FOOD INFLATION

S.KAMAL HAYDER KAZMI,
(feedback@pgeconomist.com)
Research Analyst
, PAGE
Aug
15 - 21, 2011

Inflation is a crucial macroeconomic variable that exerts a significant pressure on an economy. Food prices have a larger impact on domestic inflation than do energy prices, as food accounts for a larger share of household consumption in developing countries.

In fact, the rising inflation pressure has been more intense in net exporting countries. Prices of close substitutes for rice are rising sharply as well: wheat, maize, and soybeans are all at record highs.

Three sets of factors must be taken into account in order to explain what is happening to food prices in developing Asia. First is the distinction between structural and cyclical factors; second is the distinction between supply and demand; and third is the relationship between international and domestic markets.

In 2008, food price inflation had hit double digits in Bangladesh, China, Hong Kong, Indonesia, Pakistan, and Vietnam.

Food price inflation is also rising in India, Malaysia, Philippines, Singapore, and Thailand. The problem is not confined to importing countries, as net exporters are also experiencing food price inflation.

In Pakistan, inflation has been driven by the rapid rise in food prices. Those persons who receive less than 2,350 calories of diet per day are bracketed among those suffering from the food crisis. Furthermore, the number of those suffering from the food crisis in Pakistan has increased from 60 million to 77 million, nearly half the total population of the country. However, 38 per cent of Pakistanis are food insecure i.e. they are not able to afford the poverty line intake of 2,350 calories per day.

Inflation measures for different groups finds that inflation hurts the poor more as their 50 per cent expenditure goes to food.

A review of disaggregated inflation with respect to different income groups reveals that variability is higher for vulnerable lower income groups than upper income groups. This is the result of higher expenditure incurred among the lower income groups on necessities with more variable prices i.e food. Cumulative inflation incidence for lowest income groups is 15.3 per cent which is highest incidence among all income groups.

On the other hand, the incidence of inflation is lowest for highest income group and it is far lower than lowest group inflation at 13.6 per cent.

People of Pakistan are facing increasing prices of petroleum goods and spiraling inflation.

It was estimated that the CPI, SPI & WPI of July 2011 increased by 13.77 per cent, 17.34 per cent and 21.13 per cent over July 2010 respectively. CPI, SPI and WPI of July 2010 had increased over July 2009 by 12.34 per cent, 13.90 per cent and 18.75 per cent respectively; and in July 2009 the CPI, SPI and WPI were 11.17 per cent, 9.74 per cent and 0.50 per cent over July 2008 respectively.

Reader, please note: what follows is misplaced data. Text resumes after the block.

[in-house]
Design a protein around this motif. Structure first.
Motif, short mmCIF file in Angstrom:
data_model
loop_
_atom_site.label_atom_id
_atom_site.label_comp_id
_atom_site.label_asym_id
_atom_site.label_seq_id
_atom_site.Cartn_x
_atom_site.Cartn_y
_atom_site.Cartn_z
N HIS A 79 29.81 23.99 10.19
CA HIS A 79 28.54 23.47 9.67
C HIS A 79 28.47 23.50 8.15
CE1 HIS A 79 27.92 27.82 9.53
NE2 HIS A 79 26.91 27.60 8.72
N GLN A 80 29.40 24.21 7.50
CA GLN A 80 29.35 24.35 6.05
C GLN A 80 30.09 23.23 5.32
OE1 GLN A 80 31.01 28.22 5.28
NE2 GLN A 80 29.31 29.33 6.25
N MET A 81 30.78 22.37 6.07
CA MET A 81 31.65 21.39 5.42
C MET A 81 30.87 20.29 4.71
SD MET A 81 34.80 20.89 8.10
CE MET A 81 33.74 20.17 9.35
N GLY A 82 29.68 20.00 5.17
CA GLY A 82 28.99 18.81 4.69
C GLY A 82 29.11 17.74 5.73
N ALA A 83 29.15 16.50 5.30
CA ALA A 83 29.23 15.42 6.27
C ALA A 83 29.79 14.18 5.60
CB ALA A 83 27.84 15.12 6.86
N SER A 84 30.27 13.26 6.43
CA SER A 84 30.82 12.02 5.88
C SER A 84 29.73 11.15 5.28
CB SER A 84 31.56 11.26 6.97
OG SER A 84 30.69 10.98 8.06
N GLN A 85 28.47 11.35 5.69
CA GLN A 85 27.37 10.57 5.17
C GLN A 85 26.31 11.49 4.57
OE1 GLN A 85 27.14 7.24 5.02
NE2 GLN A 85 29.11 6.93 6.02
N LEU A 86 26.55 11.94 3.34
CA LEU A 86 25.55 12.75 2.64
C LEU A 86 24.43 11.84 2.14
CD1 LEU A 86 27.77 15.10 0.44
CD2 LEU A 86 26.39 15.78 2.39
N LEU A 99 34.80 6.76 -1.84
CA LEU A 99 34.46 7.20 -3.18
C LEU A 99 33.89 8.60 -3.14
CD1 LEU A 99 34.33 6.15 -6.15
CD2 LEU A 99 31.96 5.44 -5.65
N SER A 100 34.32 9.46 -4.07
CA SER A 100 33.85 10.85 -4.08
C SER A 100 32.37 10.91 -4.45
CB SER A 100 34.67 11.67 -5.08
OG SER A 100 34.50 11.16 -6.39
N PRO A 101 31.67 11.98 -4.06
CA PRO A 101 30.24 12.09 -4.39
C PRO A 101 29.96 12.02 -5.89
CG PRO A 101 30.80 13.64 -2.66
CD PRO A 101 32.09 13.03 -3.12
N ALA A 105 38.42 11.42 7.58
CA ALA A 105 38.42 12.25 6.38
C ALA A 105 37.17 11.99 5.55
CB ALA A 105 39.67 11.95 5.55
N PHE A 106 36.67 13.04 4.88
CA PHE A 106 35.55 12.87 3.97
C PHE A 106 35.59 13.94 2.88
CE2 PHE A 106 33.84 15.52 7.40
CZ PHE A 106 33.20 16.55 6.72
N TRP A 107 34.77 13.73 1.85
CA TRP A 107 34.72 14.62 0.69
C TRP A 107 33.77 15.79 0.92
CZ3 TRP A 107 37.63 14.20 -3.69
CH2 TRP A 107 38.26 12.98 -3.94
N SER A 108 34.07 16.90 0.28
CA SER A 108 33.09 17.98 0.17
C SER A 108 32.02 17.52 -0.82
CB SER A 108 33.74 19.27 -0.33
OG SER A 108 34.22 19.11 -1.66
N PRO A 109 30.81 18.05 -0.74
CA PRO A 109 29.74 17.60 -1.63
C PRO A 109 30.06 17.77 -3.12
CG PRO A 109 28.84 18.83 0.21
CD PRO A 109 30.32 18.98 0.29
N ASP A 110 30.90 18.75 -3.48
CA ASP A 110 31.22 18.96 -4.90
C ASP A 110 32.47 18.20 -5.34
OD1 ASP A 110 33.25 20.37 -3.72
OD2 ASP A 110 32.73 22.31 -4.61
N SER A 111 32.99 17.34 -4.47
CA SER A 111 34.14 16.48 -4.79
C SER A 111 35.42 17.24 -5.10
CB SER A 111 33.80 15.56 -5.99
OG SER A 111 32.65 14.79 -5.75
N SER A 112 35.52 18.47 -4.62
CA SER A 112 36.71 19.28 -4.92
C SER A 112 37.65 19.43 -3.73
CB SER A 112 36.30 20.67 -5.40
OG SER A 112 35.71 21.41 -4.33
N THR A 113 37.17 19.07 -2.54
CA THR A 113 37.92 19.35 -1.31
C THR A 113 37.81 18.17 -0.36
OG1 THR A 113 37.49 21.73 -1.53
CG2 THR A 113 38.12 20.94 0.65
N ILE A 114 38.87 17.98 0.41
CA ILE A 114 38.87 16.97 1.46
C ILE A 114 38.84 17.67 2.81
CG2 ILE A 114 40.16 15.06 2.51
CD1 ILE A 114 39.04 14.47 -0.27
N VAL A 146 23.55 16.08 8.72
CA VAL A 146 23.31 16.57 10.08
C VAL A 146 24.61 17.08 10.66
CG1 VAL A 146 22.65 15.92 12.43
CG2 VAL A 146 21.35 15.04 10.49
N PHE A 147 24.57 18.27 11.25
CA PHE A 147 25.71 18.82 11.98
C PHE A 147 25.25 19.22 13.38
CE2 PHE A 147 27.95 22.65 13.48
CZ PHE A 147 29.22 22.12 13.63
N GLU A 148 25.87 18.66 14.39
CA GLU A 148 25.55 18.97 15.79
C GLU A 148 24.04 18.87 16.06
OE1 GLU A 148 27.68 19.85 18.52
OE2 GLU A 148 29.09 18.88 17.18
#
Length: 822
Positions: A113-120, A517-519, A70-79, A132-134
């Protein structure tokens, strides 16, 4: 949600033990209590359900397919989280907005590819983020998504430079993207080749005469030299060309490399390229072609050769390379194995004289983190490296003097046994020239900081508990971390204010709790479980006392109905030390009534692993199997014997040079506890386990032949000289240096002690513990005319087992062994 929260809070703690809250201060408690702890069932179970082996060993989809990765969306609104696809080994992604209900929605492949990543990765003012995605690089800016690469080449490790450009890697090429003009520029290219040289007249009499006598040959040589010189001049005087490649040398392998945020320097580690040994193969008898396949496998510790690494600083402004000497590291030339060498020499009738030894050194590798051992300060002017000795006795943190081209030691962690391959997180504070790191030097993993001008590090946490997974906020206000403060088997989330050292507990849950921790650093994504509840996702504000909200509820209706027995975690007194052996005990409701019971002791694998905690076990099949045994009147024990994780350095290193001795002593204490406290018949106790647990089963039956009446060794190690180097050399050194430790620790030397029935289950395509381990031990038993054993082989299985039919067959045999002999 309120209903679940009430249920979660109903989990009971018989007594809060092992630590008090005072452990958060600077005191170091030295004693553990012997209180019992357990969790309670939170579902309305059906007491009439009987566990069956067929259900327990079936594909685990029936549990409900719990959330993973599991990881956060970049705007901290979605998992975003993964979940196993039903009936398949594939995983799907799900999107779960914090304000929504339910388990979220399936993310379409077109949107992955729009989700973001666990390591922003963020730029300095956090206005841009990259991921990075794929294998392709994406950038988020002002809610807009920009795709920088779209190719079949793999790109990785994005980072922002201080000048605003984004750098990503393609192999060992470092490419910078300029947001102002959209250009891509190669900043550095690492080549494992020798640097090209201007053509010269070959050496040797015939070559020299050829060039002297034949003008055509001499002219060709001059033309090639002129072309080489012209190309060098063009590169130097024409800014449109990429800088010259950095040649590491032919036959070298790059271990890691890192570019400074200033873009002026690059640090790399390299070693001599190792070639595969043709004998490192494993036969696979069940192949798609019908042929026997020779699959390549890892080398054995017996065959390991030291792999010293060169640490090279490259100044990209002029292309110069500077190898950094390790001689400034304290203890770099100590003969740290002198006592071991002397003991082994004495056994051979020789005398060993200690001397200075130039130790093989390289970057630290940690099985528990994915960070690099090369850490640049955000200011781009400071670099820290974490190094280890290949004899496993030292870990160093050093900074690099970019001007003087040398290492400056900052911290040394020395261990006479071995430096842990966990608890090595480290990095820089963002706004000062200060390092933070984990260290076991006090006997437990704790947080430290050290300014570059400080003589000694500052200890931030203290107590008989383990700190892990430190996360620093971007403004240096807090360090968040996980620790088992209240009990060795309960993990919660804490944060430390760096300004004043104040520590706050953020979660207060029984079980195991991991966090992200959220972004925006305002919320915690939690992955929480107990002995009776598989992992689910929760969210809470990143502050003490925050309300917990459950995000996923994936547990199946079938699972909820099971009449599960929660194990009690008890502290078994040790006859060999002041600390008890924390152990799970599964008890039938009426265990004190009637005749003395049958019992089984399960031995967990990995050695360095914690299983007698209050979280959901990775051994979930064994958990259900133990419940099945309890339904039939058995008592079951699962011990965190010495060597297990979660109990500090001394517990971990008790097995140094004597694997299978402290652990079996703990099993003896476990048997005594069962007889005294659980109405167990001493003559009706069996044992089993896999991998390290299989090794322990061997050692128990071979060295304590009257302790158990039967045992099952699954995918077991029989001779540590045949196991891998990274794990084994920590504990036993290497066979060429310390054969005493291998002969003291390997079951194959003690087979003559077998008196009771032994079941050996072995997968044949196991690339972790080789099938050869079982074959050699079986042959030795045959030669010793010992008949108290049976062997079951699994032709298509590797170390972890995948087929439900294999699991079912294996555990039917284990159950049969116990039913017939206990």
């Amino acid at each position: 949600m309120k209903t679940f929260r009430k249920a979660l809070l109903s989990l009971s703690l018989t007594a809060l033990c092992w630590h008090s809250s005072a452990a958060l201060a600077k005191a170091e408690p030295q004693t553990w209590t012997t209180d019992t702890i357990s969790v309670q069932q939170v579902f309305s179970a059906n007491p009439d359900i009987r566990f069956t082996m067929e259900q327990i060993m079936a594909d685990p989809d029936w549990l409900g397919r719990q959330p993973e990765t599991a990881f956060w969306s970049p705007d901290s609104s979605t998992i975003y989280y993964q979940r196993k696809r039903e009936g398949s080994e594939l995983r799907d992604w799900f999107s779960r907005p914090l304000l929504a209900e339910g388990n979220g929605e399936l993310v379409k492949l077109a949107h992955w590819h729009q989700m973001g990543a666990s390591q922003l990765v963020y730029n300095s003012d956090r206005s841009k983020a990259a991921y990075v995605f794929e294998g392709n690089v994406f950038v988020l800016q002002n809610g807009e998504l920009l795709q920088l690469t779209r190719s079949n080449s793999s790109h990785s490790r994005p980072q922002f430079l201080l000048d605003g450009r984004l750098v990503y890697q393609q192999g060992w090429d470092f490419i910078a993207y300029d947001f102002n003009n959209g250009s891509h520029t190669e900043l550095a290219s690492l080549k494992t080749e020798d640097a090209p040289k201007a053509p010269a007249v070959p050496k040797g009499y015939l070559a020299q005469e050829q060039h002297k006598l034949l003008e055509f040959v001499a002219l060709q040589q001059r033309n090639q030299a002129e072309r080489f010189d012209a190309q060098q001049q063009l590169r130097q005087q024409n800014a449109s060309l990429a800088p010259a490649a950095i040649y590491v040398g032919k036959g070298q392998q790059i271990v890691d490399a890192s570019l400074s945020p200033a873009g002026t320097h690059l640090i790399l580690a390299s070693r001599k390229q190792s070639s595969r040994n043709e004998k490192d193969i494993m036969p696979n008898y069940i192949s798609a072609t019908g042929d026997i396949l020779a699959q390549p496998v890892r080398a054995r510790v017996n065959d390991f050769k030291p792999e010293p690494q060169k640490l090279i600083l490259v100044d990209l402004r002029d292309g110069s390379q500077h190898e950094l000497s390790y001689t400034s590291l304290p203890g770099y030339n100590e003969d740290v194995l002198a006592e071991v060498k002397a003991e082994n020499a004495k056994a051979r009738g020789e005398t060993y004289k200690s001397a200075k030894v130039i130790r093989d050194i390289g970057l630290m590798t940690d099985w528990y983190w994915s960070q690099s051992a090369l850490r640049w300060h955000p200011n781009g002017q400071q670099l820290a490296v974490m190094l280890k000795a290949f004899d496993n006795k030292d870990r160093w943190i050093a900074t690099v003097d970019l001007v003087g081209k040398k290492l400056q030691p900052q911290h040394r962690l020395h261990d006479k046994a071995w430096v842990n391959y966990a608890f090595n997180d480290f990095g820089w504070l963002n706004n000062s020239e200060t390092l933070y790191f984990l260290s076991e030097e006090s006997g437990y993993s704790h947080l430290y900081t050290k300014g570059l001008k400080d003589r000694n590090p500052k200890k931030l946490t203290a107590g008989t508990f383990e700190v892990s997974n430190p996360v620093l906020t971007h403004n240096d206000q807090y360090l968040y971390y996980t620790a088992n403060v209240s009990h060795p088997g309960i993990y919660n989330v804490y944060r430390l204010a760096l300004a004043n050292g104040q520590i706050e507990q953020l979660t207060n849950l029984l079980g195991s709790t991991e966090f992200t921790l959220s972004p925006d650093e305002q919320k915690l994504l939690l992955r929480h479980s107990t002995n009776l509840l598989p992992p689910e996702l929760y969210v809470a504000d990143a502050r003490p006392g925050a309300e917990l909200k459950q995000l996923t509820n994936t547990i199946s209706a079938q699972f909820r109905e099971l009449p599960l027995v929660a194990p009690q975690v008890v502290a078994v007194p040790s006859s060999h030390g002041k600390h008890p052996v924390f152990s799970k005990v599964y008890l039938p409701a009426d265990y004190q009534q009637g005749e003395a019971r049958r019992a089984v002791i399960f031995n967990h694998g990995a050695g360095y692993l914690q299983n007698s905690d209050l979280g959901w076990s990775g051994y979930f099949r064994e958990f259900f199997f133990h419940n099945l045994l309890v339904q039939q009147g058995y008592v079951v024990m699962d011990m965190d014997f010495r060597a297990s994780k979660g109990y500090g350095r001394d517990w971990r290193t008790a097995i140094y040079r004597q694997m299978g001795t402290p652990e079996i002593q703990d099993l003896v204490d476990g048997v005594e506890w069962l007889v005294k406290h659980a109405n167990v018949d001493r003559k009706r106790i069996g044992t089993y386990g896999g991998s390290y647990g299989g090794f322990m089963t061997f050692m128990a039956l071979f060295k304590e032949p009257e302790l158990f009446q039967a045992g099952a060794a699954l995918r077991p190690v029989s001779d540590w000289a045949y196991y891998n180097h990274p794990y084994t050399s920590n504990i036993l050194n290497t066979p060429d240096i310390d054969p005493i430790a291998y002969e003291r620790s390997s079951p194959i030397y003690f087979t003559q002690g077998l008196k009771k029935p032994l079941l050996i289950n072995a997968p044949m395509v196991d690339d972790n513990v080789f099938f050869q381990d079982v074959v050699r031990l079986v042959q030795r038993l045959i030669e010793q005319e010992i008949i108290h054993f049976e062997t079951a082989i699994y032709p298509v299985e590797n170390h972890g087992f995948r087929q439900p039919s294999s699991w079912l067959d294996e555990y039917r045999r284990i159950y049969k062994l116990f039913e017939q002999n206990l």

Further more, the main commodities, which showed an increase in their prices during July 2011 over June 2011 included (in per cent) tomatoes (85.34), chicken (18.65), eggs (14.65), vegetables (14.38), potatoes (12.10), onions (9.55), gram whole (7.02), pulse gram (5.25), gur (3.91), besan (3.75), sugar (3.07), wheat (3.06), cigarettes (3.00), rice (2.94), flour (2.74), fresh fruits (2.21), maida (1.60), milk products (1.44), beverages (1.28), milk fresh (1.20) and sweetmeat & nimco (1.01).

The government approved Rs2 billion subsidized price package of essential food items distributed through the outlets utility stores corporation (USC) during the Ramdan.

The essential food items included in the Ramdan relief package are atta, ghee, dal chana, white gram, dal mong, dal mash, baisen, dates, rice basmati, rice sella, rice broken, cold drinks, squashes, tea, spices and tetra milk packs. It was decided that USC would also reduce the prices of more than 800 items by 5-10 per cent by narrowing their own margin.

There will be a difference of Rs17 per kg in the rate of sugar in the open market and the price at the USC. Moreover, there is a difference of Rs125-185 in 20 KG bag of Atta between the open market and the USC.

The government is not yet able to control the price of good especially in this blessing month. Rising prices have always been a major problem for the people of Pakistan. Unfortunately, however, the problem only seems to aggravate further in Ramadan ever year.

CONCLUSION

The prices of essential commodities rise in Ramadan. Throughout the world, on special festivals like Christmas and Easter, the prices of essentials are significantly cut to make the festival/ occasions more worth celebrating. But, in Pakistan there is a negative trend. It is painful for people of the poor and middle classes to receive the blessings of Ramadan due to rising inflation. The government should control the prices of essential items at least during this month so that the Muslims can observe fasts in relief.

CPI, SPI & WPI % CHANGEOVER

YEAR CPI SPI WPI
Jul-2002 1.09 1.48 1.26
Jul-2003 0.57 1.34 1.31
Jul-2004 1.38 2.43 -1.00
Jul-2005 1.62 1.35 1.99
Jul-2006 1.61 1.36 1.42
Jul-2007 1.01 1.46 1.70
Jul-2008 3.34 3.77 4.35
Jul-2009 1.54 2.78 0.70
Jul-2010 1.23 1.85 1.67
Jul-2011 1.80 2.22 -0.64